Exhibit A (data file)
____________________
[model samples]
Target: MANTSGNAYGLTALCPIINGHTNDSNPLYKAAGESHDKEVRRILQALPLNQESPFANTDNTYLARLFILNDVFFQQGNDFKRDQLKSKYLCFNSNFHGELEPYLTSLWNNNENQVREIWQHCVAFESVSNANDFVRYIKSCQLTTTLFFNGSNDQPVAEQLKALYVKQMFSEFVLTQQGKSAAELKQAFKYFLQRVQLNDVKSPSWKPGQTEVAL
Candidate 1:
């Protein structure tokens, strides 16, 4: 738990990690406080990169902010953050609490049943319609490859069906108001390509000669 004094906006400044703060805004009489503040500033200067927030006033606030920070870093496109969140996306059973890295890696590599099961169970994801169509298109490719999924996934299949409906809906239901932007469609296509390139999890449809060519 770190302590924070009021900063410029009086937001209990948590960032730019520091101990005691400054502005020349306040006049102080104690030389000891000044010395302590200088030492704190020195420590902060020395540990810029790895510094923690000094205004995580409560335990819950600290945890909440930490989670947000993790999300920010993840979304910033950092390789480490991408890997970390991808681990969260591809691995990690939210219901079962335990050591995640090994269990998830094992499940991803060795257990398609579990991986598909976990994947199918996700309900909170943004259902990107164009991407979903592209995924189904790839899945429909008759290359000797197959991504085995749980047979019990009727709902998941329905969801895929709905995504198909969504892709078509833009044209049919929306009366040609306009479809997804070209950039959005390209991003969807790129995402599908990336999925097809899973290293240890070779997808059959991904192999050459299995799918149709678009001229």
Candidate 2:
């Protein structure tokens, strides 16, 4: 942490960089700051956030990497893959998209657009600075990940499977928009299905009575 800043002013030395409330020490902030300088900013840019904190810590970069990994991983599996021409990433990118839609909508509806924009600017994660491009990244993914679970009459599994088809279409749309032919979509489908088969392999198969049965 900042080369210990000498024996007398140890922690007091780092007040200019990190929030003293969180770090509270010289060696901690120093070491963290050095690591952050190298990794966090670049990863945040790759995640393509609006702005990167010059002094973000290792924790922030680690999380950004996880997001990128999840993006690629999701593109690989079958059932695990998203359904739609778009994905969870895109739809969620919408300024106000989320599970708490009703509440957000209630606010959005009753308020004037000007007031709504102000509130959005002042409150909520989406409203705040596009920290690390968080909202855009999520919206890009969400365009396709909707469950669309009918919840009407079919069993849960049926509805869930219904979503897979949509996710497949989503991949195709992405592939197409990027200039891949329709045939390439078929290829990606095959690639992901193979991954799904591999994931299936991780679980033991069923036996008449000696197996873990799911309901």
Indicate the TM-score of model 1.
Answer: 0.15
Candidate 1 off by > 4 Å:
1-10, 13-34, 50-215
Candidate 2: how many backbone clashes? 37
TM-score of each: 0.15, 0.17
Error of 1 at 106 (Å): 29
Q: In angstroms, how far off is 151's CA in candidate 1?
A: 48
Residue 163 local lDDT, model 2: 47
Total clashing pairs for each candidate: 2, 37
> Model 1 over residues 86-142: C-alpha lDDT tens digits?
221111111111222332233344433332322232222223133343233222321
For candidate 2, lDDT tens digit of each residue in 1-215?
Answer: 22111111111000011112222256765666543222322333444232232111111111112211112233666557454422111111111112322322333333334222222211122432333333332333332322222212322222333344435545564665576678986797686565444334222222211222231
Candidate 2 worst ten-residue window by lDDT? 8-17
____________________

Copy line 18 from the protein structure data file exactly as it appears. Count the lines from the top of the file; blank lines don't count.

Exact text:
> Model 1 over residues 86-142: C-alpha lDDT tens digits?